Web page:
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S & H International Concert Review

Strauss, Beethoven: San Francisco Symphony, Michael Tilson Thomas, conductor; Thomas Hampson (baritone), Davies Symphony Hall, San Francisco, 19th September 2003 (HS)


Three Strauss rarities served as a delicious prelude to one of the most familiar pieces in classical music in this week's San Francisco Symphony subscription concerts. Lyric baritone Thomas Hampson lent tremendous class to Richard Strauss' seldom-heard Notturno, a 15-minute song-cum-tone poem, and Hymnus, a shorter song for baritone and orchestra. Both were written in the waning years of the 19th century, but their restless harmonic shifts and quicksilver response to the texts look ahead to Strauss' more familiar operas, most tellingly Salome.

The program opened with Festival Music for the City of Vienna, an extended fanfare for trumpets, trombones, tubas and timpani. After intermission came Beethoven's Symphony No. 5 in C minor, a much better representative of music that debuted in Vienna.

Hampson's command of the long line, astonishing breath control, exquisite phrasing and innate sense of drama made the Strauss songs come to life. Tilson Thomas and the orchestra were right with him, together making a strong case that Notturno ought to be heard a lot more than it is. The piece is based on a poem by Richard Dehmel, whose "Verklärte Nacht" inspired Schoenberg's sextet written, coincidentally, in the same year (1899). Notturno has much of the same over-the-top romanticism, in this case a description of a dream (or nightmare, more accurately) encounter with Death on a snowy field.

Icy, hollow, sustained chords set the scene with a few strokes. The voice begins its narrative almost immediately and doesn't really pause until the end, shifting its colors from sepulchral to warm to poignant. The poem's reference to the sigh of (Death's) violin ("kam seiner Geige Hauch daher") introduces a sinuous solo violin line, played with a piercing chill by associate concertmaster Nadya Tichman.

Although the music ebb and flows, Strauss never lets the melody soar. It's not that kind of poem, and it's not that kind of work. The music warms up from time to time, but ultimately it's about coming to terms with the cold face of death. And, in the end, it does. A remarkable piece.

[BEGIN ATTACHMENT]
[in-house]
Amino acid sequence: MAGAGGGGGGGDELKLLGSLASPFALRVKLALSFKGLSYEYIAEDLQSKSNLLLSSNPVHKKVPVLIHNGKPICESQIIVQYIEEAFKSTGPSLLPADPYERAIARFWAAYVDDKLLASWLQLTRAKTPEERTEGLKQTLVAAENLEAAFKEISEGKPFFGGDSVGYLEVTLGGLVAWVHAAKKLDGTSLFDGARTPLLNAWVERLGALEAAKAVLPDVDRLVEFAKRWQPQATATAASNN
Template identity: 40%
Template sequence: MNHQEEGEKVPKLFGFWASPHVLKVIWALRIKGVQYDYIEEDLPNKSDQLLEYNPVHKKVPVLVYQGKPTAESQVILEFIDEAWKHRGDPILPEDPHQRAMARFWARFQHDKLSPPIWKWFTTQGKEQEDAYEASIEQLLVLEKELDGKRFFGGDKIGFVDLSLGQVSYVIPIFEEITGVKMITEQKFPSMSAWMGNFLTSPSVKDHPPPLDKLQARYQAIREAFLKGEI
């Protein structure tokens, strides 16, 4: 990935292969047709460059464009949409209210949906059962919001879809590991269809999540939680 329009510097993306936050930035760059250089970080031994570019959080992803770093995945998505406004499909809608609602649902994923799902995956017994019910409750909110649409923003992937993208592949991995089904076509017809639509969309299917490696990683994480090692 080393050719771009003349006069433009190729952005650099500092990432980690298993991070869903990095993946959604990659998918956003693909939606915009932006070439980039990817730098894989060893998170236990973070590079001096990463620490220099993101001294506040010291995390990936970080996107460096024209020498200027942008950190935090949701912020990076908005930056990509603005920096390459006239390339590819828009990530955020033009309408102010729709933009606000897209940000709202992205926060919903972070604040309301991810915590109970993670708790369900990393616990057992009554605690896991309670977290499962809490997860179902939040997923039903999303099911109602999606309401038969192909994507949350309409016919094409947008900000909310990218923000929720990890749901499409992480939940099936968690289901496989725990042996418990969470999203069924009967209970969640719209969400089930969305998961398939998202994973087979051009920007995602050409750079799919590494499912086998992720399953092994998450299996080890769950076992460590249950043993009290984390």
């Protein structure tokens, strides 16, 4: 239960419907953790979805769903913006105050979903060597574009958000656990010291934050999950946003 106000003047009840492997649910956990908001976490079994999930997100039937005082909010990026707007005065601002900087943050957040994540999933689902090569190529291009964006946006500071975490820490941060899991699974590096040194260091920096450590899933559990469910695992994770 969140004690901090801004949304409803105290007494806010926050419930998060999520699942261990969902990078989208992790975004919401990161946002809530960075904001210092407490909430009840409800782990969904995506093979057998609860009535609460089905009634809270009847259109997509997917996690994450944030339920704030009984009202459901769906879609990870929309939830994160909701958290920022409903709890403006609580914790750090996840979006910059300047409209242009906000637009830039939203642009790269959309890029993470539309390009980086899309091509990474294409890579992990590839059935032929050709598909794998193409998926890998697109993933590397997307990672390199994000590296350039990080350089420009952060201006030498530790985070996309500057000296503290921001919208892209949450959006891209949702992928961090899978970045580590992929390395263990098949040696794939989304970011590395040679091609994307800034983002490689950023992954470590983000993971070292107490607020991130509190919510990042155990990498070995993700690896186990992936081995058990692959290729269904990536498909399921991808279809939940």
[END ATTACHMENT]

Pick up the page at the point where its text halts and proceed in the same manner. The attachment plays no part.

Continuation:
Hymnus, about 4 minutes in length, is the third of four songs in Strauss' Opus 33 titled "Four Songs for Voice with Orchestral Accompaniment," written in 1897. It's a paean to an unnamed "great goddess," which rolls along fervently until the final lines, "until death tears up (your maternal heart)" (bis der Tod sie zerreist"). A full silence precedes the line, which is the only one repeated in the piece, and it ends on a restful cadence. Interesting that both pieces hang on the singer dealing with death, one ending with quiet acceptance, the other with poignancy. Hampson, one of the consummate lieder singers of our day, invested them both with raw emotion covered with quiet dignity.

The open brass piece was a disquieting choice. It debuted in Vienna in 1943 at a celebration for Hitler, the composer in attendance, and the martial cadences dredge up unflattering associations, real or imagined, between Strauss and the Nazis. It's an example of occasional music in which the occasion might better be forgotten, but the title makes it difficult. It must be fun, however, for the 21 brass players, arranged antiphonally in a single arc in front of the timpani. They played it with relish.

Tilson Thomas got off to a wonderful start with Beethovenís Fifth, the first movement showing just the right rhythmic punch while allowing enough space for expressive phrasing in the strings and the occasional rubato. The Andante con moto lost a little moto, however, when the brass continually entered just a hair late. From there on, the pulse lost an edge that it didn't regain until the stretto at the very end of the finale.

There was much to appreciate, especially the masterful work of the woodwinds in the third and fourth movements. Tilson Thomas coaxed expressive dynamic shifts from the strings, creating atmospheric moments and plenty of excitement. And that final accelerando into the coda had a sense of improvisation that only a really good performance can achieve.

Harvey Steiman



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